News and insights on cyberwarfare, the Apple Watch, wearables, and more.
As another week closes, we’re back with a sizzling roundup of the stories that lit healthcare and tech on fire, on Twitter and the Healthcare Analytics News™ mothership. For us, it was hardly a surprise that our June cover story on WannaCry, NotPetya, and the cyberwarfare threat took the top honor. But other stories, focused on everything from the Apple Watch to mHealth, also earned considerable attention.
As a reminder, this weekly column is meant to serve as a jumping-off point to the most important news, features, and insights in health tech and health IT. All of these stories come from the digital (and sometimes print) pages of this magazine. Let this serve as your gateway to the rest of the journalism that we work hard to pump out every week.
We’ve also included staff picks below this list. Be sure to check them out to dig up sleeper content or stories that came out too recently to pick up any real traction.
To mark the first anniversary of the devastating WannaCry and NotPetya cyberattacks, my colleague Ryan Black spent months reporting the inside stories of what happened each day. The resultant piece takes readers into the lives of victims, making clear some of the damages of cyberwar. What remains unclear, as Black notes, is how downed systems and devices and delayed or canceled appointments affected patients. Overall, this piece paints a grim picture of healthcare’s grave new threat: cyberwarfare. (Also, check out our podcast on this piece here.)
Who doesn’t want to get the latest on all things Apple? In this piece, we examine a patent filed by the tech giant 3 years ago, which just came to light last week. The gist: It’s for a “low-profile blood pressure measurement system” for a portable device. From there, the story takes a deep dive into the patent and all things Apple Watch and blood pressure, giving you everything you need to know.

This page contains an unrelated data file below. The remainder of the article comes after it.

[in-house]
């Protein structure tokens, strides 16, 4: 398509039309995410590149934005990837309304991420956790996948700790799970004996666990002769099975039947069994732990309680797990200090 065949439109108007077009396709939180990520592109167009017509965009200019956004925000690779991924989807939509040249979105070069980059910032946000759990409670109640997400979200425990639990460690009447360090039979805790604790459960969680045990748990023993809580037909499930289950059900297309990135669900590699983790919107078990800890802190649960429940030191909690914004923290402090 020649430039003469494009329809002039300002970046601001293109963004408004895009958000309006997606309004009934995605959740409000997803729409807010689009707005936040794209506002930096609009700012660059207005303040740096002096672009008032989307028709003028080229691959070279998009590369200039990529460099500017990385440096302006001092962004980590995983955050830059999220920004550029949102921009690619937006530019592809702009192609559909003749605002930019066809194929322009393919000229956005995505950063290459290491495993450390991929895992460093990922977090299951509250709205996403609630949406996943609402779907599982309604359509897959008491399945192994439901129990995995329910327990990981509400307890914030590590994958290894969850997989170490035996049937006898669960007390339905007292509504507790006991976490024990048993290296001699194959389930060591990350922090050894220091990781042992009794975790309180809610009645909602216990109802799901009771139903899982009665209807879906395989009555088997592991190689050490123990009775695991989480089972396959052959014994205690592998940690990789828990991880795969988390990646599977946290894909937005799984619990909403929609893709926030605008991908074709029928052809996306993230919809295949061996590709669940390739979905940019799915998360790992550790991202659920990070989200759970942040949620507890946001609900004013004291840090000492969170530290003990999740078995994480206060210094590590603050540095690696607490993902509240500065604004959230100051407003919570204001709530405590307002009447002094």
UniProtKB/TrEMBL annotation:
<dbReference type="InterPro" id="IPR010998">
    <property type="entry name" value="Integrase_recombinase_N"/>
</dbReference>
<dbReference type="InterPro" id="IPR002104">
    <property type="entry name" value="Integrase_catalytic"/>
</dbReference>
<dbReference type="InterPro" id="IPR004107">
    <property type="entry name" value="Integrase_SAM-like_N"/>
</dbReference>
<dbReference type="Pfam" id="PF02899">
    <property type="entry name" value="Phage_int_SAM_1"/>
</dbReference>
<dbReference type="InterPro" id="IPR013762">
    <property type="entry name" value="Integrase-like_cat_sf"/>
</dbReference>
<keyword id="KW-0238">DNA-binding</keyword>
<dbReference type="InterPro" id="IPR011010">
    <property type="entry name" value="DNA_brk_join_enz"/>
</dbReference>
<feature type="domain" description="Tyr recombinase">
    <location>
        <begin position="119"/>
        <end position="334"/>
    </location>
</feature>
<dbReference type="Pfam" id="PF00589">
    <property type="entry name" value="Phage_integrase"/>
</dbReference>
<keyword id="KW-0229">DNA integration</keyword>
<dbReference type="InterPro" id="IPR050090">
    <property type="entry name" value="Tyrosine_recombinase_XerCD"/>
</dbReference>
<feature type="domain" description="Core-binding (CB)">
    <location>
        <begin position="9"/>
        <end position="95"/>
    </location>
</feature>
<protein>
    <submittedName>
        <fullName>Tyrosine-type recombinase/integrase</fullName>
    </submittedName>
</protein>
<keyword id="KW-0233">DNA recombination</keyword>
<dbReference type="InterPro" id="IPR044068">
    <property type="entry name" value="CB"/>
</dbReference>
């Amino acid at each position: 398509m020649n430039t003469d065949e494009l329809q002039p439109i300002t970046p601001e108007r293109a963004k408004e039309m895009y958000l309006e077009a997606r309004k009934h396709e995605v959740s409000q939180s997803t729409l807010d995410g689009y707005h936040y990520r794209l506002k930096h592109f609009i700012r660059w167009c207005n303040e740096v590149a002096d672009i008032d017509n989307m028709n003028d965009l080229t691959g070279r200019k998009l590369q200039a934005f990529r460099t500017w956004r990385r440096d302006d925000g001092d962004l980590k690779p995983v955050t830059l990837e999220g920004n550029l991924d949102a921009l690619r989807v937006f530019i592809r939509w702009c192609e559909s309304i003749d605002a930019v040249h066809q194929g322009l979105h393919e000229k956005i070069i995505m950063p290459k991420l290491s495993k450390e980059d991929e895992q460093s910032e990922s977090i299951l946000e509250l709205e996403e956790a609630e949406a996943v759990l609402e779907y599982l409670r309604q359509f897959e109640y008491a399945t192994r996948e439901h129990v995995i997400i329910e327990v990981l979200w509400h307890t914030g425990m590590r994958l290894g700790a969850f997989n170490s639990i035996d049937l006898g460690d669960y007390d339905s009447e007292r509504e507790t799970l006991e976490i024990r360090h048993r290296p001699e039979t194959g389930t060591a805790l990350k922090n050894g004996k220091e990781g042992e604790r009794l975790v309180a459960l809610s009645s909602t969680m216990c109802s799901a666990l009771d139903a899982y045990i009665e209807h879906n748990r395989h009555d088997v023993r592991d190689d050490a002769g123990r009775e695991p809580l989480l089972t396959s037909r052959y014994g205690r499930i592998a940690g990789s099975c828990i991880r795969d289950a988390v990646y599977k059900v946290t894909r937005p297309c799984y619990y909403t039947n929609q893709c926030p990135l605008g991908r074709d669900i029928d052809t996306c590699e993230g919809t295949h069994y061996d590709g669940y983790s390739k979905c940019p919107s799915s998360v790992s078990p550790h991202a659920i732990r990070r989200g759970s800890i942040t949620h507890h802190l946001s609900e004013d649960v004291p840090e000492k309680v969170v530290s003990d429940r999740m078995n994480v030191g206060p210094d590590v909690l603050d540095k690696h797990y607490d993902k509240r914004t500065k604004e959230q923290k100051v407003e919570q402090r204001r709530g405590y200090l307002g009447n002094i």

In his first column for us, João Bocas, better known as the Wearables Expert, examines the technology’s place in healthcare and society at large. Do wearables represent a dramatic shift in the way we live, work, and get well? He thinks so, and he has the argument to back it up.
Ryan Black strikes back with another piece in the top 5. This one details a rather quiet effort by some major names, like the American Medical Association, to launch a change-driven organization. But what will it do?
Many people with mental illnesses end up incarcerated in the United States. Behind bars, it’s difficult for them to get the proper care they need. Lauren Spath, an associate for our parent, Healthcare Research & Analytics®, explores how mHealth could improve behavioral health in prisons. We could be at the dawn of a major change, she writes.
The latest episode of our podcast, Data Book, tells the story of the first human to be killed by a robot. Believe it or not, this occurred way back in 1979, but questions surrounding legal liability and automation persist. This is especially true when it comes to artificial intelligence, and healthcare will likely grapple with this very issue in the near future. What can we learn from self-driving cars?
Following up on his cyberwarfare cover story, Black reports on punitive actions taken by Western governments against Russian companies suspected of fueling the rogue state’s cyberwar engine. This spells trouble for a number of cybersecurity firms, namely Kaspersky.
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